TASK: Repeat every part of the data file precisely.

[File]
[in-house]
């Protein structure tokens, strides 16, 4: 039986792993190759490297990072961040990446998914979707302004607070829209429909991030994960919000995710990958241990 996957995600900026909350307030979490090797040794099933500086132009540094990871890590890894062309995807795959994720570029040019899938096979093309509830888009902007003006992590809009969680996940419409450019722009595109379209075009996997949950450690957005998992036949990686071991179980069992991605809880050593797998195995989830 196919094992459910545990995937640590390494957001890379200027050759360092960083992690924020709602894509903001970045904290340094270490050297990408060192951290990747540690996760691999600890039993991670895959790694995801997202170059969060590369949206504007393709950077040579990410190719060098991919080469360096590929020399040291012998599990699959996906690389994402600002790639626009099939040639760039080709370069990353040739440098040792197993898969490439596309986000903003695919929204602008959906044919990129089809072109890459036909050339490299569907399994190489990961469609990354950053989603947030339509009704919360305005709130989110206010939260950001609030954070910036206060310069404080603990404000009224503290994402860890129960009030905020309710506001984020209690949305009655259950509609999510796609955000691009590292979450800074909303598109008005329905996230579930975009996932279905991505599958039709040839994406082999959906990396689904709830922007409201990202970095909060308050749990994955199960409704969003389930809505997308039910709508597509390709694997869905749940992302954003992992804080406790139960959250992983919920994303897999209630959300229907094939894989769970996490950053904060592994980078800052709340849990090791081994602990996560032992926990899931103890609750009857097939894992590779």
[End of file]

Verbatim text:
[in-house]
């Protein structure tokens, strides 16, 4: 039986792993190759490297990072961040990446998914979707302004607070829209429909991030994960919000995710990958241990 996957995600900026909350307030979490090797040794099933500086132009540094990871890590890894062309995807795959994720570029040019899938096979093309509830888009902007003006992590809009969680996940419409450019722009595109379209075009996997949950450690957005998992036949990686071991179980069992991605809880050593797998195995989830 196919094992459910545990995937640590390494957001890379200027050759360092960083992690924020709602894509903001970045904290340094270490050297990408060192951290990747540690996760691999600890039993991670895959790694995801997202170059969060590369949206504007393709950077040579990410190719060098991919080469360096590929020399040291012998599990699959996906690389994402600002790639626009099939040639760039080709370069990353040739440098040792197993898969490439596309986000903003695919929204602008959906044919990129089809072109890459036909050339490299569907399994190489990961469609990354950053989603947030339509009704919360305005709130989110206010939260950001609030954070910036206060310069404080603990404000009224503290994402860890129960009030905020309710506001984020209690949305009655259950509609999510796609955000691009590292979450800074909303598109008005329905996230579930975009996932279905991505599958039709040839994406082999959906990396689904709830922007409201990202970095909060308050749990994955199960409704969003389930809505997308039910709508597509390709694997869905749940992302954003992992804080406790139960959250992983919920994303897999209630959300229907094939894989769970996490950053904060592994980078800052709340849990090791081994602990996560032992926990899931103890609750009857097939894992590779």